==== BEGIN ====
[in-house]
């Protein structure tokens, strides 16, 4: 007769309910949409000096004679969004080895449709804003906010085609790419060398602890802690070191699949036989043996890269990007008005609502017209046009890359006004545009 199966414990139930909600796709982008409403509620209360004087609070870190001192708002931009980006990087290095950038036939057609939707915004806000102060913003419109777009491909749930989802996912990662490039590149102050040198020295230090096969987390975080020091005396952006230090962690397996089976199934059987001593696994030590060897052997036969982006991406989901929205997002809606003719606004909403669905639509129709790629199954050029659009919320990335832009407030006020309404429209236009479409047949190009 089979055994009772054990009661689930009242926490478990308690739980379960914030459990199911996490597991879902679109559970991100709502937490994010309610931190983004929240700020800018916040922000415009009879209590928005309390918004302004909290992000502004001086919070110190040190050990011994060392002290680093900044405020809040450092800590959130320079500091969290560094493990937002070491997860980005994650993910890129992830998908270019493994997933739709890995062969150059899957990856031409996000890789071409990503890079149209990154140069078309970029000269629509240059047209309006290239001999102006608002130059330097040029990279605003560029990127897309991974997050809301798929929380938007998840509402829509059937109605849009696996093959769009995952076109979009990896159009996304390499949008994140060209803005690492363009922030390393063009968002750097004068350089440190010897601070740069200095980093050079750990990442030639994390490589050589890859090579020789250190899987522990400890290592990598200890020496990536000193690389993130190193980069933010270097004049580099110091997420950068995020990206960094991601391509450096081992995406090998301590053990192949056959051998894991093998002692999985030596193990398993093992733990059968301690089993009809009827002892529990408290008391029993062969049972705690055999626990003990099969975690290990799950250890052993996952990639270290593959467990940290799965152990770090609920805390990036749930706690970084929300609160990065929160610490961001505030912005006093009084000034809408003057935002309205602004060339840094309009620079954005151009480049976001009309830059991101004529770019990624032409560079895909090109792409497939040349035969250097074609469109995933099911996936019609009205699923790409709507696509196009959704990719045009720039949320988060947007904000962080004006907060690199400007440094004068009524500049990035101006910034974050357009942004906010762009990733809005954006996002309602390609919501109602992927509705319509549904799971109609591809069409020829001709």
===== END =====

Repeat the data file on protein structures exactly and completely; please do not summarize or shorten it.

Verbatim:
[in-house]
């Protein structure tokens, strides 16, 4: 007769309910949409000096004679969004080895449709804003906010085609790419060398602890802690070191699949036989043996890269990007008005609502017209046009890359006004545009 199966414990139930909600796709982008409403509620209360004087609070870190001192708002931009980006990087290095950038036939057609939707915004806000102060913003419109777009491909749930989802996912990662490039590149102050040198020295230090096969987390975080020091005396952006230090962690397996089976199934059987001593696994030590060897052997036969982006991406989901929205997002809606003719606004909403669905639509129709790629199954050029659009919320990335832009407030006020309404429209236009479409047949190009 089979055994009772054990009661689930009242926490478990308690739980379960914030459990199911996490597991879902679109559970991100709502937490994010309610931190983004929240700020800018916040922000415009009879209590928005309390918004302004909290992000502004001086919070110190040190050990011994060392002290680093900044405020809040450092800590959130320079500091969290560094493990937002070491997860980005994650993910890129992830998908270019493994997933739709890995062969150059899957990856031409996000890789071409990503890079149209990154140069078309970029000269629509240059047209309006290239001999102006608002130059330097040029990279605003560029990127897309991974997050809301798929929380938007998840509402829509059937109605849009696996093959769009995952076109979009990896159009996304390499949008994140060209803005690492363009922030390393063009968002750097004068350089440190010897601070740069200095980093050079750990990442030639994390490589050589890859090579020789250190899987522990400890290592990598200890020496990536000193690389993130190193980069933010270097004049580099110091997420950068995020990206960094991601391509450096081992995406090998301590053990192949056959051998894991093998002692999985030596193990398993093992733990059968301690089993009809009827002892529990408290008391029993062969049972705690055999626990003990099969975690290990799950250890052993996952990639270290593959467990940290799965152990770090609920805390990036749930706690970084929300609160990065929160610490961001505030912005006093009084000034809408003057935002309205602004060339840094309009620079954005151009480049976001009309830059991101004529770019990624032409560079895909090109792409497939040349035969250097074609469109995933099911996936019609009205699923790409709507696509196009959704990719045009720039949320988060947007904000962080004006907060690199400007440094004068009524500049990035101006910034974050357009942004906010762009990733809005954006996002309602390609919501109602992927509705319509549904799971109609591809069409020829001709």